Directory:General Mills

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General Mills, Inc.
SloganThe Company of Champions
Type Public (NYSE: GIS)
Founded Minneapolis, MN (1866)
Headquarters Golden Valley, Minnesota, USA; manufacturing facilities around the world
Key peopleKen Powell, CEO
IndustryFood processing
ProductsBaking mixes, Breakfast cereals, yogurt, refrigerated dough, soup, pizza, snack foods, ice cream, soy products, vegetables, flour, and other food products...
RevenueTemplate:Increase$13.652 billion USD (2008)[1]
Employees29,500 (2008)[1]
Contact {{{contact}}}
Reference {{{reference}}}

General Mills, Inc. (NYSE: GIS) is an American Fortune 500 corporation, primarily concerned with food products, which is headquartered in Golden Valley, Minnesota, a suburb of Minneapolis. The company markets many well-known brands, such as Betty Crocker, Yoplait, Colombo, Totinos, Jeno's, Pillsbury, Green Giant, Old El Paso, Häagen-Dazs, Cheerios, Lucky Charms and Wanchai Ferry. Their brand portfolio includes more than 100 leading U.S. brands and numerous category leaders around the world.[2]


File:The Leading Flour-A0327-01.jpeg
Advertisement, late 1880s

The company can trace its history to the Minneapolis Milling Company, founded in 1856 by Illinois Congressman Robert Smith, which leased power rights to mills operating along Saint Anthony Falls on the Mississippi River. Cadwallader C. Washburn acquired the company shortly after its founding and hired his brother, William D. Washburn to assist in the company's development. In 1866, the Washburns got into the business themselves, building the Washburn "B" Mill at the falls. At the time, the building was considered to be so large and output so vast that it could not possibly sustain itself. However, the company succeeded, and in 1874 he built the even bigger Washburn "A" Mill.

In 1877, the mill entered a partnership with John Crosby to form the Washburn-Crosby Company. In that same year, Washburn sent William Hood Dunwoody to England to open the market for spring wheat.[3] Dunwoody was successful and became a silent partner. Dunwoody would become immensely wealthy and went on to endow a Minneapolis hospital, Dunwoody Institute, and a charitable home in Pennsylvania, Dunwoody Village.

In 1878, the "A" mill exploded. There was a flour dust explosion that resulted in the deaths of 17 workers and also destroyed five nearby buildings. Construction of a new mill began immediately. Not only was the new mill safer but it also was able to produce a higher quality flour. The old grinding stones were replaced with automatic steel rollers. These new rollers were the first used throughout the world. These new rollers also were capable of producing more nutritious flour. Winter Wheat Flour was replaced by this new flour.

In 1924, the company stepped in to take over a failing Twin Cities radio station, WLAG, renaming it WCCO (from Washburn-Crosby Company). General Mills itself was created in 1928 when Washburn-Crosby President James Ford Bell directed his company to merge with 26 other mills.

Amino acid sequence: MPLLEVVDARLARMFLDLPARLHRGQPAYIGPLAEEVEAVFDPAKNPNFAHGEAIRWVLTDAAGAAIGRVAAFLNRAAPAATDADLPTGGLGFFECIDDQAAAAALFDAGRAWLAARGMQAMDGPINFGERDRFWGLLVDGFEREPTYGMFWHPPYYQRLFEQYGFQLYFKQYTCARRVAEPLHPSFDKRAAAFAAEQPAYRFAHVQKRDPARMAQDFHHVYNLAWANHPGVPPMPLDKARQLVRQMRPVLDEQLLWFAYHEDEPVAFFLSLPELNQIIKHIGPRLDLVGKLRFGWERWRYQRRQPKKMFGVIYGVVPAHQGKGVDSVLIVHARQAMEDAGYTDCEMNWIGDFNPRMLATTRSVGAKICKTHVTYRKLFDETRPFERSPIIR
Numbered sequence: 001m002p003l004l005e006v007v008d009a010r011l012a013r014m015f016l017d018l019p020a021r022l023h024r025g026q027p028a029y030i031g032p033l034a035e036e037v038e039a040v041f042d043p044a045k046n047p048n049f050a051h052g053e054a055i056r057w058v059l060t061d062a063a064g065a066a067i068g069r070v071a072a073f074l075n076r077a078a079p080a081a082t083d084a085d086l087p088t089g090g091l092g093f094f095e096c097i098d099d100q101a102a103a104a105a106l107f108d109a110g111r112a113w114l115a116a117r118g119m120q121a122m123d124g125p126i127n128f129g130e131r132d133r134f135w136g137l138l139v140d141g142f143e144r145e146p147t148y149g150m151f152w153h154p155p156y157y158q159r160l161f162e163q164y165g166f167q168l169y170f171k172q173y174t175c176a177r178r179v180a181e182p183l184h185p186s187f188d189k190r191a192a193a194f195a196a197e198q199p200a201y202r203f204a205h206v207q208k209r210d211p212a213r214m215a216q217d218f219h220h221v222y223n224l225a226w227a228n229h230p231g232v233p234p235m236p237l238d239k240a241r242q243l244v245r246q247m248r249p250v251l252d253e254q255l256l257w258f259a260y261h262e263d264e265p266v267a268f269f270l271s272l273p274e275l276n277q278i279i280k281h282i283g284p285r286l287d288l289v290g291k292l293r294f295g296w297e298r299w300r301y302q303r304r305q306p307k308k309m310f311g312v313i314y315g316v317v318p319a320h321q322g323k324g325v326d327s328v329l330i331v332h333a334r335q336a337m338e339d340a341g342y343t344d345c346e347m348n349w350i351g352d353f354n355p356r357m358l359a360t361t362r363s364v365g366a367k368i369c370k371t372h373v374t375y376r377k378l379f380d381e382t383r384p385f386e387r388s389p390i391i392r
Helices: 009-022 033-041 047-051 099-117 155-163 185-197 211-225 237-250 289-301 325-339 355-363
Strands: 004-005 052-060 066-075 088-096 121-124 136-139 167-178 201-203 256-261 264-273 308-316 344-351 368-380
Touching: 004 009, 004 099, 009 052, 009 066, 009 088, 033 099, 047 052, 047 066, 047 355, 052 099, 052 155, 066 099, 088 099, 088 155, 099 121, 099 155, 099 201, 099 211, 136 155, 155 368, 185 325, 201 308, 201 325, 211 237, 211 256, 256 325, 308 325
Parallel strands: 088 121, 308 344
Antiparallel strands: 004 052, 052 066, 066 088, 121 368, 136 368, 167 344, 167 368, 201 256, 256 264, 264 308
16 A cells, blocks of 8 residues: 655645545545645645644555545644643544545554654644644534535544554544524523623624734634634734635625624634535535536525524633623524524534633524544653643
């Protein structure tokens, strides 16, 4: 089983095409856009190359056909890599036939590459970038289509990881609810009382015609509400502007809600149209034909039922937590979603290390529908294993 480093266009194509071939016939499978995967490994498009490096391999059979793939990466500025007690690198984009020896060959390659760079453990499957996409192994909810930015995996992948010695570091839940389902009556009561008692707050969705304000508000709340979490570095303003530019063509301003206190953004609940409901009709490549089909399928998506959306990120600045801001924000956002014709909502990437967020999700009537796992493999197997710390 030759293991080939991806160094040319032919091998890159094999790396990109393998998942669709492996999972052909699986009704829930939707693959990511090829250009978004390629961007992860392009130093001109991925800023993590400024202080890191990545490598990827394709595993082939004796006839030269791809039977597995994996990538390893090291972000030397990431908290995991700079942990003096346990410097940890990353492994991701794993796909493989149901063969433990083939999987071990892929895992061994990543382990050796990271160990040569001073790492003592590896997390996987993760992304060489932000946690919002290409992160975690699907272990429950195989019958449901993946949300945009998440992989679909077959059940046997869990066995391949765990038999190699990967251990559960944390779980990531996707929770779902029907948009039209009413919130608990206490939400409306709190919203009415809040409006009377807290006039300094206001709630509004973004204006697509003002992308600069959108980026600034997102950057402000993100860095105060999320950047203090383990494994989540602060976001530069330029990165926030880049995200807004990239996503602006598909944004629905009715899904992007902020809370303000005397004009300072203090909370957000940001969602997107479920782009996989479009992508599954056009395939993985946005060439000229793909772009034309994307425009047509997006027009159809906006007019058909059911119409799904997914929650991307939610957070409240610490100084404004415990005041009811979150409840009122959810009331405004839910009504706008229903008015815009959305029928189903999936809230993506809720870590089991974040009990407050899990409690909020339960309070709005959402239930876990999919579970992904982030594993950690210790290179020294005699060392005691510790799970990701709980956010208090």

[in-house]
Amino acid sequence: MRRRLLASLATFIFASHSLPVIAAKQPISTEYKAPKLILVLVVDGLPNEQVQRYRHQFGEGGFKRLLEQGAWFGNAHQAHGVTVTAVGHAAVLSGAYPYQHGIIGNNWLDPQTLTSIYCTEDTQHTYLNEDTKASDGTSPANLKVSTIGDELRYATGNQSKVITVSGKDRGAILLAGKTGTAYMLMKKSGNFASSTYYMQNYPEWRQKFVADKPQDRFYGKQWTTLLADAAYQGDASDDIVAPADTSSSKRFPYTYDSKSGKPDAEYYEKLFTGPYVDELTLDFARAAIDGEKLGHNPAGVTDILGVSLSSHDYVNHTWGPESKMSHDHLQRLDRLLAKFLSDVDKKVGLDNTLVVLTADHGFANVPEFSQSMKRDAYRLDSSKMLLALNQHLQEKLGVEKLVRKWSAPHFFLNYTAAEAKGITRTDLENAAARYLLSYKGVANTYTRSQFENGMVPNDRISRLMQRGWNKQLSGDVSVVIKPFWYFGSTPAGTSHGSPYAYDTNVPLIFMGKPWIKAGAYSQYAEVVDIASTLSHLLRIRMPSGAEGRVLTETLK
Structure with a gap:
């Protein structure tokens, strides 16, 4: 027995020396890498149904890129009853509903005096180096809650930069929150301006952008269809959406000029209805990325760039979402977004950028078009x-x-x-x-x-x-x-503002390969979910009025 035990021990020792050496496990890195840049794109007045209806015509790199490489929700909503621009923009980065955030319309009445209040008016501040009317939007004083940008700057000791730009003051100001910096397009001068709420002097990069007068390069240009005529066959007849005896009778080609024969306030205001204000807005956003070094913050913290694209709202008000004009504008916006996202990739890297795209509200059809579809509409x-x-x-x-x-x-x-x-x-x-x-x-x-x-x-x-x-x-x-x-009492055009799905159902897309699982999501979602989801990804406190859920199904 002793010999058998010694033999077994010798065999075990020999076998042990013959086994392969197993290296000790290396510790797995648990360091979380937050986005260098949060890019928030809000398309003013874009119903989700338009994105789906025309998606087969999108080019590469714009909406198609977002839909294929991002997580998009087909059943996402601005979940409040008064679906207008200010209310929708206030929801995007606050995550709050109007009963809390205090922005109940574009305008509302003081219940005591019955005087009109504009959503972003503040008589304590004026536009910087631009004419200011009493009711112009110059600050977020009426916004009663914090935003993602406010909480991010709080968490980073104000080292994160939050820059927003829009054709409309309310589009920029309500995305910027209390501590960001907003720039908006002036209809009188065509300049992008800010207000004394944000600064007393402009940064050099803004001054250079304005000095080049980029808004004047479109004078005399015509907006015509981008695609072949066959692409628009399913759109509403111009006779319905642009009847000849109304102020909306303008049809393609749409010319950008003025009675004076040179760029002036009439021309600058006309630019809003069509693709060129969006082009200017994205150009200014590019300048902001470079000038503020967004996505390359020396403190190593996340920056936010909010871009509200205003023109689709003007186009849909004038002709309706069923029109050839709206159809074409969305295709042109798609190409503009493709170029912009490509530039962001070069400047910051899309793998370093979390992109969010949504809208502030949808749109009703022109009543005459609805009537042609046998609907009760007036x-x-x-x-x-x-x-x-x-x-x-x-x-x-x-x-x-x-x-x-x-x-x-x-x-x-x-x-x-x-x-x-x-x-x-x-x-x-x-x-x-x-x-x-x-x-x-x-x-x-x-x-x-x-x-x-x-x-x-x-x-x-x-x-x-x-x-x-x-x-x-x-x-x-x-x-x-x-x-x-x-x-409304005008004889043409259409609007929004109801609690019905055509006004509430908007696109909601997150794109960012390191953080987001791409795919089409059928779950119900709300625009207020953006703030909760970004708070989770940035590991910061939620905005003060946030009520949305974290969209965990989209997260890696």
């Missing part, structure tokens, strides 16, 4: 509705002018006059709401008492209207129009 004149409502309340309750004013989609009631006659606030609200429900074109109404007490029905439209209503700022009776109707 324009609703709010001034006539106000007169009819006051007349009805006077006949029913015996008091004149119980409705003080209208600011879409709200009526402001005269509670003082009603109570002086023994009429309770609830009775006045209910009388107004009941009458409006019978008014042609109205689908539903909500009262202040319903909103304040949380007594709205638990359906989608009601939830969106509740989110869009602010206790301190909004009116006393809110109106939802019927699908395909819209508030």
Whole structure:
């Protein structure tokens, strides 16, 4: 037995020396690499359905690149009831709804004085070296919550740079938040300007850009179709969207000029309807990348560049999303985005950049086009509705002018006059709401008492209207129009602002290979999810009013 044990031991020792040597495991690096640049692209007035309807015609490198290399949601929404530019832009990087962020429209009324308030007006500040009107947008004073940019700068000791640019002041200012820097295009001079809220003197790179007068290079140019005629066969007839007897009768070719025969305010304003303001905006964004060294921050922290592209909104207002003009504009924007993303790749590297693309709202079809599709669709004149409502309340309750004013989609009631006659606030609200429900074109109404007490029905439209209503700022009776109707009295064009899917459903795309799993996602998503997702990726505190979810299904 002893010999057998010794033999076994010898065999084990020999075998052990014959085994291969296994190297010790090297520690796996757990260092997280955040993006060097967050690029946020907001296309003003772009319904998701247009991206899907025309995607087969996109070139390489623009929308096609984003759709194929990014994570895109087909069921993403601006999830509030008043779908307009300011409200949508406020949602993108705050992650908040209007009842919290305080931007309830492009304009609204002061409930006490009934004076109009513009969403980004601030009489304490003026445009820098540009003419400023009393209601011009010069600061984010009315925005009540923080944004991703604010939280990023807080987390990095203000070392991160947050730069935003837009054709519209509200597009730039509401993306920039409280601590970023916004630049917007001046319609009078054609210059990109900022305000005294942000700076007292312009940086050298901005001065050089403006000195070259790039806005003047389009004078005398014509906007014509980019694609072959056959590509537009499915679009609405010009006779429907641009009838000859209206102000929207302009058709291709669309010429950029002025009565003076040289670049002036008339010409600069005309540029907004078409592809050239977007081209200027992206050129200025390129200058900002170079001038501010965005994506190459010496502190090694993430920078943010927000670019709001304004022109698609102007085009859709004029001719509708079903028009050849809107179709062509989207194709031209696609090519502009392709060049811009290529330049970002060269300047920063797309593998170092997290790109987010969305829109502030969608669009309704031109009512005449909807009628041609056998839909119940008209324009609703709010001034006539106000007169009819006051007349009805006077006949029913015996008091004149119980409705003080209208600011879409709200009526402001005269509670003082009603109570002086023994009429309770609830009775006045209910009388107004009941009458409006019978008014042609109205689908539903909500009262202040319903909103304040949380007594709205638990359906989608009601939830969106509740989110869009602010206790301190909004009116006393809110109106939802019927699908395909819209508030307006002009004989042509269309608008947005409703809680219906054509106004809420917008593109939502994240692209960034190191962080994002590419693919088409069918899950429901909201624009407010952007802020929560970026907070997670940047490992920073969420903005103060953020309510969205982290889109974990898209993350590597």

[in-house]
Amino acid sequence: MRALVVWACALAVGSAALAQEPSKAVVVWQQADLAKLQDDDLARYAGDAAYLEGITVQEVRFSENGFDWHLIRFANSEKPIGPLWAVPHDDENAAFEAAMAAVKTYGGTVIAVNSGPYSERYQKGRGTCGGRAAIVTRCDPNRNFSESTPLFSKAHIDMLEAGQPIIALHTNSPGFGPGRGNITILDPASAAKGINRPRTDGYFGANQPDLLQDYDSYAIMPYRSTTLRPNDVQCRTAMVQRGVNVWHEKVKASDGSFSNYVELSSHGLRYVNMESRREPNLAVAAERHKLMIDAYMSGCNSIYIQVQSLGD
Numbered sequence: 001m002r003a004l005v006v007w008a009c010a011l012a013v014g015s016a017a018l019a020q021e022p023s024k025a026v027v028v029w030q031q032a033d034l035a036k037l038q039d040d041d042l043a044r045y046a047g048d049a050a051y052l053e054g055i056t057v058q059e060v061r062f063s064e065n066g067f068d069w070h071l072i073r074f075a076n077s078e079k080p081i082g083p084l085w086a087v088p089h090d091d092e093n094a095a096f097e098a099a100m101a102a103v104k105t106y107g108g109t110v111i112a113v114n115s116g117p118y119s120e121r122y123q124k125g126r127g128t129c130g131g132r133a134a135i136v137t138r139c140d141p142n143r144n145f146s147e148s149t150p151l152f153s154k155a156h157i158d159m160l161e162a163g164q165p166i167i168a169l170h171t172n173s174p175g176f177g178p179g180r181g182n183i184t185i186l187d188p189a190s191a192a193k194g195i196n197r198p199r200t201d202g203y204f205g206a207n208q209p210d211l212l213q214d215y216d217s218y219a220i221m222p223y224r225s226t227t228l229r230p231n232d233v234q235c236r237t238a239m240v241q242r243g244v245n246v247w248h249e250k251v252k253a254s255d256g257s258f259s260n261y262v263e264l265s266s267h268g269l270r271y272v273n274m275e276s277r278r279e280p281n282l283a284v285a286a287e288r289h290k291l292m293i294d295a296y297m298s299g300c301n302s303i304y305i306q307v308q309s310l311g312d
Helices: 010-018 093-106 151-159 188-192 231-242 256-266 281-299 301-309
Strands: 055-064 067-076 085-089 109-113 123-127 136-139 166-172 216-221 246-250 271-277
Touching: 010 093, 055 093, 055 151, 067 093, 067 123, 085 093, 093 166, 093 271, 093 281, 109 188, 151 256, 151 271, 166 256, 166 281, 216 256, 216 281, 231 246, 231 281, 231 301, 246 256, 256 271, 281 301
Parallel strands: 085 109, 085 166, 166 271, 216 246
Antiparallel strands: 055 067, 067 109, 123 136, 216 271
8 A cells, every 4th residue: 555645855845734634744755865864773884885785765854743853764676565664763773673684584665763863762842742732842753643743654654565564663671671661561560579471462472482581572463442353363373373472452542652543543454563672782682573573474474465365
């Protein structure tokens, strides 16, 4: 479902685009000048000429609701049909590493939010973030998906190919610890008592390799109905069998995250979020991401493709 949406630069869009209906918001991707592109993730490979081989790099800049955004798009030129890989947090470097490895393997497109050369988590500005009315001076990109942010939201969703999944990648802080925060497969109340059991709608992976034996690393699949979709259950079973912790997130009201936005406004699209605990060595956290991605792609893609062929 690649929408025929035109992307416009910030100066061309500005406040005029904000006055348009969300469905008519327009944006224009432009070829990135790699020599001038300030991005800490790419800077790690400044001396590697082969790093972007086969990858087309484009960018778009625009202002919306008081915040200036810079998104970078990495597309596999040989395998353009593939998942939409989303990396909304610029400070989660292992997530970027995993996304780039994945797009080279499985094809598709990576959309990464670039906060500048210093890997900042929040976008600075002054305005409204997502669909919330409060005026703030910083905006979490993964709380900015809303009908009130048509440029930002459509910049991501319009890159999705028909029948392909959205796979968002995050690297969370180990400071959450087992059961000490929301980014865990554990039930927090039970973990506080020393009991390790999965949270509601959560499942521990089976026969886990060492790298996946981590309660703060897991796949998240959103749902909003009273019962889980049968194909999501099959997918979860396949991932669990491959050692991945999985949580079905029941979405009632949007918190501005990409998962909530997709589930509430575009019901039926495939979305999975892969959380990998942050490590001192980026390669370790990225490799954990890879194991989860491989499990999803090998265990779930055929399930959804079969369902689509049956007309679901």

File:Washburn Crosby.jpg
Postcard image of the Gold Medal Flour factory in Minneapolis around 1900

Beginning in 1929, General Mills products contained box top coupons, known as Betty Crocker coupons, with varying point values, which were redeemable for discounts on a variety of house wares products featured in the widely distributed Betty Crocker catalog. The coupons and the catalog were discontinued by the company in 2006.

General Mills became the sponsor of the popular radio show The Lone Ranger in 1941. The show was then brought to television, and, after 20 years, their long-term sponsorship came to an end in 1961.

When NASA astronaut Scott Carpenter launched into space on Mercury capsule Aurora 7 in 1962, he was carrying with him the first solid space food – small food cubes developed by Pillsbury’s research and development department. Taking Pillsbury scientists more than a year to develop, space food cubes were followed by other space-friendly foods, such as non-crumbly cake, relish that could be served in slices, and meat that needed no refrigeration.[4]

Former site of General Mills today on the Mississippi River at Minneapolis

The first venture General Mills took into the toy industry was in 1965. The company bought Rainbow Crafts, which was the manufacturer of Play-Doh. General Mills’ purchase of the company was substantial because it brought production costs down and tripled the revenue.

Beginning in 1959, General Mills sponsored the famous Rocky and His Friends television show, which later prompted The Bullwinkle Show in 1961. Until 1968, Rocky and Bullwinkle were featured in a variety of advertisements for General Mills.

General Mills came out with their “Monster Cereals” in the 1970s. Two of the cereals, Frute Brute and Yummy Mummy, were discontinued from the “Monster Cereal” line in the 1980s.Template:Citation needed

In 1970, General Mills acquired a five-unit restaurant company called Red Lobster and expanded it nationwide. Soon, a division of General Mills titled General Mills Restaurants developed to take charge of the Red Lobster chain. In 1982, General Mills Restaurants founded a new Italian-themed restaurant chain called Olive Garden. Another themed restaurant, China Coast, was added before the entire group was spun-off to General Mills shareholders in 1995 as Darden Restaurants.